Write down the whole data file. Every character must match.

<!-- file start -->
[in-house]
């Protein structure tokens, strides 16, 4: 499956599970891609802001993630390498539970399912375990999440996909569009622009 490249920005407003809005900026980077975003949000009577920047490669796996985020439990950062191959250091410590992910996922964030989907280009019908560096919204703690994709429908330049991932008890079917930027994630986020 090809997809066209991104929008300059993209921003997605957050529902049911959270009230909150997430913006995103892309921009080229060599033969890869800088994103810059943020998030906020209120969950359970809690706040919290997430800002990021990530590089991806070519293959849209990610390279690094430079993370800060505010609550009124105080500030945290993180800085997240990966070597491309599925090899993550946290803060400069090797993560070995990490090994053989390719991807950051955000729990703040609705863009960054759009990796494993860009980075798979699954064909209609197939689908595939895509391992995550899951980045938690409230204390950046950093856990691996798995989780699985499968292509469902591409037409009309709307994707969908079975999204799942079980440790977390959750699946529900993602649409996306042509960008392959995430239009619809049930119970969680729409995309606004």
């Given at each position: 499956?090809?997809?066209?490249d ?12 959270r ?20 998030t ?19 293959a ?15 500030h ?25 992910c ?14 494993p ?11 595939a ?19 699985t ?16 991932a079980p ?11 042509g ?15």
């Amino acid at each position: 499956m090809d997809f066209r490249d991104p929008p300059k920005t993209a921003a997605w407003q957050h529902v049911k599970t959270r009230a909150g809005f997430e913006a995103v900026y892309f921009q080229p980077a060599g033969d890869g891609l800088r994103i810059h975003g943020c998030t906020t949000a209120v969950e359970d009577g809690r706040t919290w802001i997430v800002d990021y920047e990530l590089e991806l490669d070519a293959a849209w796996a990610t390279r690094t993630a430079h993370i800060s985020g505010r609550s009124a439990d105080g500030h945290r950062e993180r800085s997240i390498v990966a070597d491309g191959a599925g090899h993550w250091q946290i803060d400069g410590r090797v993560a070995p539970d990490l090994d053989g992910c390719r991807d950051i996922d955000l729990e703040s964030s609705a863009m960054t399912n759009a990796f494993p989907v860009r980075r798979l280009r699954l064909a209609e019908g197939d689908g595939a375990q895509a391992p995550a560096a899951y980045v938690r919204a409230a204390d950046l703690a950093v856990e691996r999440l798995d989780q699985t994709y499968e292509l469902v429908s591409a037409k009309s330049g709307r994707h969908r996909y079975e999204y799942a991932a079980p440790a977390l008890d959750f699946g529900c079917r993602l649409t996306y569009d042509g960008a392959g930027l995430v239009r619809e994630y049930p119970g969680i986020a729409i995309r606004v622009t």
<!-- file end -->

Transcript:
[in-house]
């Protein structure tokens, strides 16, 4: 499956599970891609802001993630390498539970399912375990999440996909569009622009 490249920005407003809005900026980077975003949000009577920047490669796996985020439990950062191959250091410590992910996922964030989907280009019908560096919204703690994709429908330049991932008890079917930027994630986020 090809997809066209991104929008300059993209921003997605957050529902049911959270009230909150997430913006995103892309921009080229060599033969890869800088994103810059943020998030906020209120969950359970809690706040919290997430800002990021990530590089991806070519293959849209990610390279690094430079993370800060505010609550009124105080500030945290993180800085997240990966070597491309599925090899993550946290803060400069090797993560070995990490090994053989390719991807950051955000729990703040609705863009960054759009990796494993860009980075798979699954064909209609197939689908595939895509391992995550899951980045938690409230204390950046950093856990691996798995989780699985499968292509469902591409037409009309709307994707969908079975999204799942079980440790977390959750699946529900993602649409996306042509960008392959995430239009619809049930119970969680729409995309606004």
């Given at each position: 499956?090809?997809?066209?490249d ?12 959270r ?20 998030t ?19 293959a ?15 500030h ?25 992910c ?14 494993p ?11 595939a ?19 699985t ?16 991932a079980p ?11 042509g ?15």
């Amino acid at each position: 499956m090809d997809f066209r490249d991104p929008p300059k920005t993209a921003a997605w407003q957050h529902v049911k599970t959270r009230a909150g809005f997430e913006a995103v900026y892309f921009q080229p980077a060599g033969d890869g891609l800088r994103i810059h975003g943020c998030t906020t949000a209120v969950e359970d009577g809690r706040t919290w802001i997430v800002d990021y920047e990530l590089e991806l490669d070519a293959a849209w796996a990610t390279r690094t993630a430079h993370i800060s985020g505010r609550s009124a439990d105080g500030h945290r950062e993180r800085s997240i390498v990966a070597d491309g191959a599925g090899h993550w250091q946290i803060d400069g410590r090797v993560a070995p539970d990490l090994d053989g992910c390719r991807d950051i996922d955000l729990e703040s964030s609705a863009m960054t399912n759009a990796f494993p989907v860009r980075r798979l280009r699954l064909a209609e019908g197939d689908g595939a375990q895509a391992p995550a560096a899951y980045v938690r919204a409230a204390d950046l703690a950093v856990e691996r999440l798995d989780q699985t994709y499968e292509l469902v429908s591409a037409k009309s330049g709307r994707h969908r996909y079975e999204y799942a991932a079980p440790a977390l008890d959750f699946g529900c079917r993602l649409t996306y569009d042509g960008a392959g930027l995430v239009r619809e994630y049930p119970g969680i986020a729409i995309r606004v622009t």